When the first Colonists came to Maine in the early 1600s, they found an abundance of lobsters, some of them 4 feet long.
Back then a dinner catch of North American lobster, known to biologists as Homarus americanus , “could easily be gaffed in shoal water or even plucked by hand from tidal pools,” wrote Kenneth R. Martin and Nathan R. Lipfert in “Lobstering and the Maine Coast.”
“Sometimes, after storms, lobsters were literally underfoot, piled up on beaches and tidal flats. Those were pitchforked into bushel baskets for fertilizer,” the authors wrote.
Commercial lobstering didn’t begin in Maine for another 200 years, because there was no way to keep the creatures fresh on the way to market.
Around 1820, the first sailing ships, known as “smacks,” arrived along the Maine coast and the state’s lobstering industry began.
The smack’s hull contained a tank, or “well,” through which sea water circulated while the ship was under way. This made it feasible to ship live lobsters over long distances, Martin and Lipfert say.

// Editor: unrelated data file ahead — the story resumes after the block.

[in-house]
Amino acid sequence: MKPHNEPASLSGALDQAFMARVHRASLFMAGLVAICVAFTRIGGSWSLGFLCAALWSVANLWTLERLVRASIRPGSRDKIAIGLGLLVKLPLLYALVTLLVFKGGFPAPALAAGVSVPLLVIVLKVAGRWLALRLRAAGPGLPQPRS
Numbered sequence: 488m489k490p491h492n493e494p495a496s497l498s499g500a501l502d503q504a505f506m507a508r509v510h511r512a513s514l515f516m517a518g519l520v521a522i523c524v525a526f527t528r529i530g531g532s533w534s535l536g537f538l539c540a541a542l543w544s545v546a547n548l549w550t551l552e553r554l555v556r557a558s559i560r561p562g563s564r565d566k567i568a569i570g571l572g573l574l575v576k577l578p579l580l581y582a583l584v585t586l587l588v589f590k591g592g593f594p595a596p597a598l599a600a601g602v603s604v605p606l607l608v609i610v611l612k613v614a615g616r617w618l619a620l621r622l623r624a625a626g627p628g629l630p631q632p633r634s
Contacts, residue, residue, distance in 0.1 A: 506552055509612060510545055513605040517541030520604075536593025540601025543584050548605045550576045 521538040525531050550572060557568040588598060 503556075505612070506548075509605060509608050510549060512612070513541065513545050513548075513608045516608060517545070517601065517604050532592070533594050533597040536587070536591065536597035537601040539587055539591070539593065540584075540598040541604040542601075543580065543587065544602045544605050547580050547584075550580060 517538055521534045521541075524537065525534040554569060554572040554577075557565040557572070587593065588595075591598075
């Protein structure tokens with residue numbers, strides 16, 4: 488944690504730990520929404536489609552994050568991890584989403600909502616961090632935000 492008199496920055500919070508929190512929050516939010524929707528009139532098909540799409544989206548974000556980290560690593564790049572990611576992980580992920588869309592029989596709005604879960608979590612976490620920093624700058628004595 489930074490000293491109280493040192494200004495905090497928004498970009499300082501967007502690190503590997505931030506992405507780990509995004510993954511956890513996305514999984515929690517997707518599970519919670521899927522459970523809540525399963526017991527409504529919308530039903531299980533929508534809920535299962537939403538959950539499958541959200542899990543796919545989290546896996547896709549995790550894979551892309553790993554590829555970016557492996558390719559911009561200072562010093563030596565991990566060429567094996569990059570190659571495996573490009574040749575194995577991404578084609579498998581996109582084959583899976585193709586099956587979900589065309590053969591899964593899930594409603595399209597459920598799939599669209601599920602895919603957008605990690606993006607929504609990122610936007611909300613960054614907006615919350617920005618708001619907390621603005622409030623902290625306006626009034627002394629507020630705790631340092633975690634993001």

By 1844, entrepreneurs in Maine had begun canning lobster meat and shipping it to large U.S. and European cities. In 1880, there were 23 lobster canneries in Maine. They processed about 2 million pounds of meat, sealed in 1.5 million one-pound cans, 149,000 two-pound cans and 140,000 cans of other sizes, the authors say.
Lobster canning died out in Maine by 1895 because of the growing market for live lobsters and the adoption of regulations to protect the lobster population from overfishing.